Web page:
Thank you for the thoughtful response! I agree that there are many precursors to comics prior to its rise to prominence in the United States. It’s for that reason I was careful to point out that creators in the United States “helped create the comics art and literary genre,” but they certainly weren’t the only ones who contributed to this field. I think *most* critics who I’ve read understand this point, and those who do not are often guilty of incorrectly equating superhero comics with all comics. Obviously, they are not interchangeable.
And I’m always willing to consider the possibility of reading too much into a text! After all, I think most of us have done it at one point or another. :) In this instance, however, what struck me was the context of the young man in question. His behavior is simply uncivil, and considering his place as a future monarch and rigid lifestyle that often entails of royalty, I find it more plausible that we have a very poor representation than an accurate and fair one. I can’t help but wonder why that is. As I pointed out, there’s a range of possibilities here as well; it may just be Herge wanted to focus on the immaturity of the young prince, and who’s to say there aren’t immature rulers out there?-) But I do think the general acceptance of violence and early inculcation to it paints a less than complimentary picture of that culture.
Regarding “Tintin in the Land of the Soviets,” I can’t say that I’ve read it before; however, I suspect it will find its way to my reading pile shortly. Thanks for the recommendation. I must also confess to not having read Asterix comics either. I figured to begin with Herge as my first real exploration of the Franco-Belgian contributions and move on from there.
Please put into consideration, that you are quoting the subtleties of a translation here. While would almost assume the french original to be even “stronger” in language, it is a bit pointless to talk about some arbitrary translation, it might be accurate – my experience tells me it is not likely.
Then, one needs to consider the common mindset of the author’s surroundings. “Land of the Soviets” is from 1929 and shows pretty well what a normal, not overly intelectual citizen of the time thought about other cultures and political systems. I do not think that Hergé was more arrogant, racist and imperialist than most other people of his era. Surely he had no such agenda. Same goes for his later works, where his attitudes have changed considerably.
If I am not mistaken, racist rants more or less disappear in the latest editions from the 1970ies when peoples minds seemed to have opened up a bit.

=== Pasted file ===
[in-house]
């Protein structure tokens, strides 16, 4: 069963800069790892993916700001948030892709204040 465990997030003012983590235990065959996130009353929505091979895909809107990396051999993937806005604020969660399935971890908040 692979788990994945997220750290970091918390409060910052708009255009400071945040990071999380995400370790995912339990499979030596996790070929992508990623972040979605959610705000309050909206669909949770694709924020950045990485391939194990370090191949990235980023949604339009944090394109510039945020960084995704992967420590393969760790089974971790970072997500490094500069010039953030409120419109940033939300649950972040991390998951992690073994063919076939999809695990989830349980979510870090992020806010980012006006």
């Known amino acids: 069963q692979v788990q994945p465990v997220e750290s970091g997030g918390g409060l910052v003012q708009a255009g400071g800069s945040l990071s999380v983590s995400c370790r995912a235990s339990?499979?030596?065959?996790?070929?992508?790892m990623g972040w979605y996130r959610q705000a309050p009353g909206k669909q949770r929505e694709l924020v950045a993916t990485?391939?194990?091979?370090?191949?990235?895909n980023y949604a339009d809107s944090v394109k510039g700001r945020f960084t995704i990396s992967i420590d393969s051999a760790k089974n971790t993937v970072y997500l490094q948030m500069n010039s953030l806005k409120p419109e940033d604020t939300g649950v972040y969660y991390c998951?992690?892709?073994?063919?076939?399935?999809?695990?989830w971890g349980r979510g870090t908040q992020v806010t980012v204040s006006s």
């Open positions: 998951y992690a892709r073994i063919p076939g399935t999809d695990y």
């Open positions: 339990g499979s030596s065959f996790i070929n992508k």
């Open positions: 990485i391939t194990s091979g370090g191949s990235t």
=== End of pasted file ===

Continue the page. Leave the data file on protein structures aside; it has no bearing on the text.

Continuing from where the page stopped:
One should never judge people’s past from today’s moral position. Almost certainly people from the future will find current comics culture to be extremely sexist and offensive to women, but while we might agree with that or not, we can stand it quite right to read some run of the mill superhero booklet with scarcely clad vixens in poses directly lifted from internet porn.
Same goes for arab depiction in the 80ies until now – it might seem nothing than a preparation for today’s events. Still it does say little about the author, but everything about his surroundings and his influences. We absorb these, if we want to or not. Some might see through this, but most won’t. It just shows that one should not expect from comics artists to be any different from their society.
You bring up two excellent points: The first related to working with translations as opposed to texts in their original language, and second, the dangers of anachronism. Considering Herge was alive when these particular works were republished in English, and I don’t recall seeing any sort of controversy surrounding the faithfulness of their translation, I believe one can reasonably assume the amount of content lost in translation is marginal. Perhaps some level tone is lost, as you suggest; however, the lack of concern indicates a reasonable safety in using this text as representative of the original.
Now, with regards to the second point, I do agree with the caution required to avoid judging a text against later value sets. I specialized in Late Medieval Arthurian literature in my master’s degree, and this lesson was particularly important–especially since I was adopting a 20th Century theoretical lens to analyze the texts. A lack of care and the argument was thoroughly undercut. In this instance, however, I do not believe this to be the case. I am arguing about the concern over depiction of people of different race and ethnicity. These issues were very MUCH in the air–consider the loss of power many Western European countries experienced in their respective colonies during this period. African, Middle Eastern, and Asian countries began rising up and seizing independence from oppressive, European rulers.
I’d also point out that a number of these stories (including those I’ve addressed) were revised and rewritten by Herge during the 1970s–well into the Civil Rights period. And while he was not living in the U.S. at the time, it’s also difficult to believe that he would have been unaffected or uninformed by this (since Europe was generally more progressive in terms of race relations when compared to the U.S.). So seeing these themes and trends in a work where the issues of Orientalism are quite contemporary with one another….well, I think it’s worth asking the question.